After Jurassic Park destroyed all box office records, no one thought another special effects-based blockbuster could ever hold a candle to its success. However, 1996's Independence Day made a good stab at it, and while director Roland Emmerich's alien invasion epic didn't ultimately dethrone Spielberg's dinosaur spectacular at the box office, it was a pretty close call.
On the 2nd of July, the world is stunned by the sudden arrival of a gargantuan spacecraft in Earth's orbit, from which 36 smaller but still massive saucer-shaped ships emerge, taking position all over the world. Soon enough these ships open fire, leaving much of the Earth a flaming ruin. In the days that follow, the survivors - among them Air Force Captain Steven Hiller (Will Smith), scientist David Levinson (Jeff Goldblum), and the US President himself (Bill Pullman) - band together to stage a final fight for the planet.
Writer-director Roland Emmerich and co-writer-producer Dean Devlin came up with Independence Day whilst promoting their previous film, 1994's Stargate; a question from a reporter prompted Emmerich to ask how it would feel to see giant spaceships hovering above every major city on Earth. From this initial image, Emmerich and Devlin rapidly knocked out a script taking inspiration from classic 50s B-movies about flying saucers.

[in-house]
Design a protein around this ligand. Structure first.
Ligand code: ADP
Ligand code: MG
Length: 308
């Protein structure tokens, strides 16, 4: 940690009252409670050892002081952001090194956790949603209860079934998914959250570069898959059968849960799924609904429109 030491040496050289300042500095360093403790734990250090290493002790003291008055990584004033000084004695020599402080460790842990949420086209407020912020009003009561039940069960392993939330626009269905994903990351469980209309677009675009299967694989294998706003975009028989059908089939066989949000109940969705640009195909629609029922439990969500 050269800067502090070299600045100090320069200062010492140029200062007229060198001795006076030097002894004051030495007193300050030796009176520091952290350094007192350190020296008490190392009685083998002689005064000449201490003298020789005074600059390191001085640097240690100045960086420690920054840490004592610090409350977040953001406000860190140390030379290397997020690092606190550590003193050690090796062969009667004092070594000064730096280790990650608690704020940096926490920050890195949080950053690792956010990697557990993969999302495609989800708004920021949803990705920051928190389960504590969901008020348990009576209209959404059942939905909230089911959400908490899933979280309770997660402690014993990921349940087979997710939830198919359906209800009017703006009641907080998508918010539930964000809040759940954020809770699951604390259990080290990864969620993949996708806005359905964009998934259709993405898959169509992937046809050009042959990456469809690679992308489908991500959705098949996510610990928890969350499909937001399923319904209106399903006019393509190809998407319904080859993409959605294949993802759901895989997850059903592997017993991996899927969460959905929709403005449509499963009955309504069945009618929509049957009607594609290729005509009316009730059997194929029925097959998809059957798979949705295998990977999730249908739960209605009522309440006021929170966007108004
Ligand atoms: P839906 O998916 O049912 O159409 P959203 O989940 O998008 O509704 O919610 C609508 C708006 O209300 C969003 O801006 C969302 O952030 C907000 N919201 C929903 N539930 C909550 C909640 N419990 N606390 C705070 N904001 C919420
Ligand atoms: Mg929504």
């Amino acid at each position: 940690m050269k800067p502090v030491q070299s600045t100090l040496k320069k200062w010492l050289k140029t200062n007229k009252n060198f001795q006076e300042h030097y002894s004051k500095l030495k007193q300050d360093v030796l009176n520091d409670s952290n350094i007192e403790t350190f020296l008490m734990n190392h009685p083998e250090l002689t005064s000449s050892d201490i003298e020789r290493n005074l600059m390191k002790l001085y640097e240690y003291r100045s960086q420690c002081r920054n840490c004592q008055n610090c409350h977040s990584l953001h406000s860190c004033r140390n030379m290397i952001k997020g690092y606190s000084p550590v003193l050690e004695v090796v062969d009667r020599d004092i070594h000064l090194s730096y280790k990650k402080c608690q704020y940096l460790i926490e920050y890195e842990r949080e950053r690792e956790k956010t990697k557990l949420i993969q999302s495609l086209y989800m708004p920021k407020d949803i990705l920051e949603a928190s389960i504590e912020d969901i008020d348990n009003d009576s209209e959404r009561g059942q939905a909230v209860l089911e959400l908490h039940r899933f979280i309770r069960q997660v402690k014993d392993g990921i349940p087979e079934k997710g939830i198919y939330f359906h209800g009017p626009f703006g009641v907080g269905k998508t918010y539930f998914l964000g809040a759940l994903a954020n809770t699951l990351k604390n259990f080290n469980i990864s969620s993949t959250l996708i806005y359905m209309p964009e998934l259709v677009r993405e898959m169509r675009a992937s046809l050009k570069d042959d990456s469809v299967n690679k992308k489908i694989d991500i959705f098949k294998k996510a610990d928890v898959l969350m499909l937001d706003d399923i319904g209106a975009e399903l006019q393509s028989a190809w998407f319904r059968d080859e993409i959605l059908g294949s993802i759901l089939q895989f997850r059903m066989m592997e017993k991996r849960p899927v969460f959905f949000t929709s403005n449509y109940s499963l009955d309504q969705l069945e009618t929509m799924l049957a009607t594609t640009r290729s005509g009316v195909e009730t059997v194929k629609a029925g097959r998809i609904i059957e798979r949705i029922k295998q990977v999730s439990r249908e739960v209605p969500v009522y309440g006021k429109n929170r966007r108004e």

Studio 20th Century Fox put pressure on the filmmakers to work fast, as they were keen to get their film in cinemas before another similar project: Tim Burton's Mars Attacks!, which ultimately hit cinemas in December 1996 and made a far smaller impact at the box office.
While the reviews were mixed, audience response was enormous: no one had seen such massive destructive spectacles in a movie before, making Independence Day a huge box office draw. It became the biggest hit of 1996, and at the time the second biggest hit ever - behind Jurassic Park.
Roland Emmerich would go on to direct more giant blockbusters based around mass destruction - Godzilla, The Day After Tomorrow, 2012 - but the real superstar launched by Independence Day was Will Smith, whose acting career progressed by leaps and bounds afterwards. However, Smith chose not to return for belated 2016 sequel Independence Day: Resurgence, a far less successful film which Emmerich has since admitted he regrets making.